My environment:

# cat /etc/redhat-release 
Red Hat Enterprise Linux Server release 6.8 (Santiago)
# uname -a
Linux A.B.C 2.6.32-642.4.2.el6.x86_64 #1 SMP Mon Aug 15 02:06:41 EDT 2016 x86_64 x86_64 x86_64 GNU/Linux
# rpm -q mysql-server percona-toolkit

I'm running pt-table-checksum and I'm getting following error:

Skipping chunk X of Y.Z because MySQL chose no index instead of the word_sid_typeindex.

mysql> DESCRIBE search_index;
| Field | Type             | Null | Key | Default | Extra |
| word  | varchar(50)      | NO   | MUL |         |       |
| sid   | int(10) unsigned | NO   | MUL | 0       |       |
| type  | varchar(16)      | YES  |     | NULL    |       |
| score | float            | YES  |     | NULL    |       |
4 rows in set (0.00 sec)

mysql> SHOW TABLE STATUS WHERE Name='search_index'\G;
*************************** 1. row ***************************
           Name: search_index
         Engine: InnoDB
        Version: 10
     Row_format: Compact
           Rows: 3155432
 Avg_row_length: 51
    Data_length: 163250176
Max_data_length: 0
   Index_length: 415514624
      Data_free: 839909376
 Auto_increment: NULL
    Create_time: 2016-09-01 21:14:58
    Update_time: NULL
     Check_time: NULL
      Collation: utf8_general_ci
       Checksum: NULL
1 row in set (0.13 sec)

No query specified


Please advice.


2 Answers 2


The message is both expected and disturbing.


I don't find this message disturbing at all. I would expect pt-table-checksum to bypass chunks since there is no defined uniqueness. Granted, InnoDB will create a row-based index called gen_clust_index when there is no PRIMARY KEY or UNIQUE INDEX. So, chunks read from the table have no rhyme or reason to its order other than order of insertion.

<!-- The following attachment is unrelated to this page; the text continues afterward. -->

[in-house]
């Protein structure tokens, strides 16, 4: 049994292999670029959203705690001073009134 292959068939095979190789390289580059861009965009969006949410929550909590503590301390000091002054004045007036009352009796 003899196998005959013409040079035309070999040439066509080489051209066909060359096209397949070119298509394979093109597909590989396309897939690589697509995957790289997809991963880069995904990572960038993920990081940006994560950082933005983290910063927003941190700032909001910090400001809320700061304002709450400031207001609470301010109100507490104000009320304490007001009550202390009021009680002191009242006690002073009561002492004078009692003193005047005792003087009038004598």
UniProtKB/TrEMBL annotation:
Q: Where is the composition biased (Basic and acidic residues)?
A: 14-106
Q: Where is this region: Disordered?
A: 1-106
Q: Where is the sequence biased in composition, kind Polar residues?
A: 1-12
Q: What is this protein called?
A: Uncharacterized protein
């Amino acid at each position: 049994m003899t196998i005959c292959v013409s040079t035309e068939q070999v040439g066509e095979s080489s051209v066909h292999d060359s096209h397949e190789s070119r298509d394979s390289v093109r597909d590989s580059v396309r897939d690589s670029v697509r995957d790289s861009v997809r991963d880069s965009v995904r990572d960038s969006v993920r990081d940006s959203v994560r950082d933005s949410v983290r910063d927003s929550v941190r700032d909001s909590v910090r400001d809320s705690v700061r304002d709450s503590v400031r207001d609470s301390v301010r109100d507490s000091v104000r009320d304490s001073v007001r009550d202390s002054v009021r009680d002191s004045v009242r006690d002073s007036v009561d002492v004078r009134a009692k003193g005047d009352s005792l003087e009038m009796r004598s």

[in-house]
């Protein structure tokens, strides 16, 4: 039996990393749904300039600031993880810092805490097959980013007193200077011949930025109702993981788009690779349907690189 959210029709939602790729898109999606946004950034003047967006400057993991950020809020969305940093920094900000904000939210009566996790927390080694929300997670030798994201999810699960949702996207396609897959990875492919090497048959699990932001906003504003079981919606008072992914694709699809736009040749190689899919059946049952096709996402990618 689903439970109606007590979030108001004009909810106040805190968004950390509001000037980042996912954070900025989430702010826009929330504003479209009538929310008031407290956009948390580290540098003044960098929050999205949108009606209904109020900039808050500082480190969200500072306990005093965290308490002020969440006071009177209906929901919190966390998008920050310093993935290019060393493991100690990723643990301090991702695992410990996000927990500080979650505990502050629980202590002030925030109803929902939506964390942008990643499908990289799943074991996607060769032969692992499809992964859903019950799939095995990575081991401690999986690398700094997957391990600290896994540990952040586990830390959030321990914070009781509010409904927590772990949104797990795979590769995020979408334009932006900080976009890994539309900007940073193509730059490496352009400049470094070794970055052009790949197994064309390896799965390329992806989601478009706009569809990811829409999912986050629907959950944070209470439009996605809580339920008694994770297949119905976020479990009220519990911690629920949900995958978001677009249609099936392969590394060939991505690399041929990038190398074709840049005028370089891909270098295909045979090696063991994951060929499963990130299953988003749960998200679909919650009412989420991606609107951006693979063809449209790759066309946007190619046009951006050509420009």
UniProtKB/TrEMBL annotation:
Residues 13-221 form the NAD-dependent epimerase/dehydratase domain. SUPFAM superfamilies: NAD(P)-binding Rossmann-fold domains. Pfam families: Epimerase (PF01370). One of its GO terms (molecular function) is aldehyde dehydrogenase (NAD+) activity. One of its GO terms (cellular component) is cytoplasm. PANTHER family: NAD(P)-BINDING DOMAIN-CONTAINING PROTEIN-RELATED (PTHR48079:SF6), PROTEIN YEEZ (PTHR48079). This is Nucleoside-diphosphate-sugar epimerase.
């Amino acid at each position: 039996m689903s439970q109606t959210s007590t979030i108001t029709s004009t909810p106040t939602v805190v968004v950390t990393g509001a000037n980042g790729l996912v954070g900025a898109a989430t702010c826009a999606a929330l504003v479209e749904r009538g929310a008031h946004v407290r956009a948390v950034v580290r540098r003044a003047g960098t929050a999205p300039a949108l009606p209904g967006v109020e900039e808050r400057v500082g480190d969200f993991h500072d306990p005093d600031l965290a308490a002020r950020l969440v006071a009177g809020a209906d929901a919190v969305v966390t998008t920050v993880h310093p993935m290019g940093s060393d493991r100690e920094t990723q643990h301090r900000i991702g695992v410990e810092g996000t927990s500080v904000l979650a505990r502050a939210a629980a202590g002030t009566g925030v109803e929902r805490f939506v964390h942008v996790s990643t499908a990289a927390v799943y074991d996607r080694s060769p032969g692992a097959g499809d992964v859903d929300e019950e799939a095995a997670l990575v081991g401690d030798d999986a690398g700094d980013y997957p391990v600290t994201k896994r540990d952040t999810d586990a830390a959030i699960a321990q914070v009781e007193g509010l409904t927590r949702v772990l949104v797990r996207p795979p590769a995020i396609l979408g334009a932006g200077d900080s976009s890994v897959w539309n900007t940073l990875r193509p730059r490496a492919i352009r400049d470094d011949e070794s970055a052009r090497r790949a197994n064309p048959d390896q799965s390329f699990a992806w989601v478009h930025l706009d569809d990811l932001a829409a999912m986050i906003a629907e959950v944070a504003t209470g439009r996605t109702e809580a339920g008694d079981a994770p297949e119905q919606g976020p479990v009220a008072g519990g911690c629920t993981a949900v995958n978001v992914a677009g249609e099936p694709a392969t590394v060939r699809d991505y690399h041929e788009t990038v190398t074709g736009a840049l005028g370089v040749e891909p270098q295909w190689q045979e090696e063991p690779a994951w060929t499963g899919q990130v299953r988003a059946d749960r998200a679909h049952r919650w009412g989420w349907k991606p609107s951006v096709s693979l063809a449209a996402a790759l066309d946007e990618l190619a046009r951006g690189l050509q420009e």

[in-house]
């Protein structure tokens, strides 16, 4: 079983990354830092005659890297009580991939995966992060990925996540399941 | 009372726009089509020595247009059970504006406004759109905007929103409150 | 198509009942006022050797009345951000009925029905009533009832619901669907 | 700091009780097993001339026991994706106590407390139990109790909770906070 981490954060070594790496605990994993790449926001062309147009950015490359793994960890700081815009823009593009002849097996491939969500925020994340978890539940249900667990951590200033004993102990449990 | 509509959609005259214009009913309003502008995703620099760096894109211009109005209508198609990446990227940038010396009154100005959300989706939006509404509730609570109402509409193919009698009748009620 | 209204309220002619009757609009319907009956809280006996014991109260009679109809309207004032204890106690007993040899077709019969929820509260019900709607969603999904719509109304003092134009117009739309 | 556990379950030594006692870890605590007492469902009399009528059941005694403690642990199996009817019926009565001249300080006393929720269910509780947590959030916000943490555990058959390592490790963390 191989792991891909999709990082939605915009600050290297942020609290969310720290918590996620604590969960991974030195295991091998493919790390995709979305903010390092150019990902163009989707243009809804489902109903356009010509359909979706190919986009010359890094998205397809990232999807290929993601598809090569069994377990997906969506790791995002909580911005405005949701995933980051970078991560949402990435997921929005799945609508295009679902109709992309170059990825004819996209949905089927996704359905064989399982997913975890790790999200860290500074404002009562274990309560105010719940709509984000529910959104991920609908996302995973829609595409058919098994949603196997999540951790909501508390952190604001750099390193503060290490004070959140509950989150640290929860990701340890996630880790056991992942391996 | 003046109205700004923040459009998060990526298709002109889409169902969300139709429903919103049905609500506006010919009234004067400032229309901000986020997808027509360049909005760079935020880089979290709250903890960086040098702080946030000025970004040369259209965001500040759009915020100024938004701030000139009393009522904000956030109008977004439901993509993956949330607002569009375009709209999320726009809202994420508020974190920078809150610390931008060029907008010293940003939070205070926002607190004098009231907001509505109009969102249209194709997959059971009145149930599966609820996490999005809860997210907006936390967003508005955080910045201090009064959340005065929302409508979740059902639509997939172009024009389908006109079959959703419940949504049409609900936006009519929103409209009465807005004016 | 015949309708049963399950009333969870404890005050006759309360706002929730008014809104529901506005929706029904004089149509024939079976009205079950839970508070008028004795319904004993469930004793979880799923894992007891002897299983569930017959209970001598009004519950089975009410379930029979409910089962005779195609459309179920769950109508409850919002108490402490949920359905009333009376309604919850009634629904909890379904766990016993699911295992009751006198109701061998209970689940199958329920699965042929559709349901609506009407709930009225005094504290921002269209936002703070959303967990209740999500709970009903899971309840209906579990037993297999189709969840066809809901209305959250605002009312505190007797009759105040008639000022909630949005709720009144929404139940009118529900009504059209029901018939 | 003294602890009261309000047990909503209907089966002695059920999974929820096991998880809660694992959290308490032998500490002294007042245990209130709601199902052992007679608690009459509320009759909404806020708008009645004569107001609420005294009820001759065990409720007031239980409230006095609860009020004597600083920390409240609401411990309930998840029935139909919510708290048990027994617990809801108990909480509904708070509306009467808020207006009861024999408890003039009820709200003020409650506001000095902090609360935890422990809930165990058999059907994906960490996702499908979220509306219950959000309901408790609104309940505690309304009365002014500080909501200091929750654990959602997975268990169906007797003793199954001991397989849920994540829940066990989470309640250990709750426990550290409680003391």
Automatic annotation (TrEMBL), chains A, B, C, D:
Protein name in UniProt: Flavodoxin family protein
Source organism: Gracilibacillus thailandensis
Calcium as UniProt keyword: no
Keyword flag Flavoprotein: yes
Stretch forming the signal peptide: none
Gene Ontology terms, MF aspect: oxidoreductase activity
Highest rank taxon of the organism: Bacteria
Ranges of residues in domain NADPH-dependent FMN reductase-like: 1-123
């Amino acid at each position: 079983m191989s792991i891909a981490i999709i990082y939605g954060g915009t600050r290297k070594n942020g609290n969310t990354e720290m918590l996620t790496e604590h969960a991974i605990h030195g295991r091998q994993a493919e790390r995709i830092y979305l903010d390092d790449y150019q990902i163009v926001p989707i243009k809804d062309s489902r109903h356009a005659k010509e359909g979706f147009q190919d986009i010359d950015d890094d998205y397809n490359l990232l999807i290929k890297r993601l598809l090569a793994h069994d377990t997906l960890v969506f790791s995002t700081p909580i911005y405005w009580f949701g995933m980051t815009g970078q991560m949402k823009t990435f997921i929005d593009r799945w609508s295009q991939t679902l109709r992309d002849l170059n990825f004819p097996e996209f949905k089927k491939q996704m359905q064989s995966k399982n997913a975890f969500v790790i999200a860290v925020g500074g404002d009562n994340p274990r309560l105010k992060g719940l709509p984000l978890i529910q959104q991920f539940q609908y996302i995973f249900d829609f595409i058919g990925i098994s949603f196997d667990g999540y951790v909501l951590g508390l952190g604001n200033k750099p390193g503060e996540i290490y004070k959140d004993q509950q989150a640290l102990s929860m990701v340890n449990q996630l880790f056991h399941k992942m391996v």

Since you have a replication tag on the question, now this becomes disturbing.

When you have many writes on a master, the slave may write rows in a different order than the master. If the search_index table had a PRIMARY KEY or a UNIQUE INDEX, that would stabilize checksum evaluation. Unfortunately, that cannot be said in the case of a table that has an internally generated index (gen_clust_index) as the only form of uniqueness with an InnoDB table ON BOTH MASTER AND SLAVE.


  1. Define a PRIMARY KEY for search indexon the Master.
  2. mysqldump search_index from the Master and load it into the Slave

This is what I'd suggest:

  • use the index with the highest Cardinality in --chunk-index option
  • use a different hash function --function=md5
  • use a smaller --chunk-size (eg. 200)

Optionally, run ANALYZE TABLE on the affected table to re-calculate its statistics. Make sure you're aware of the effects of running ANALYZE TABLE on a busy server.

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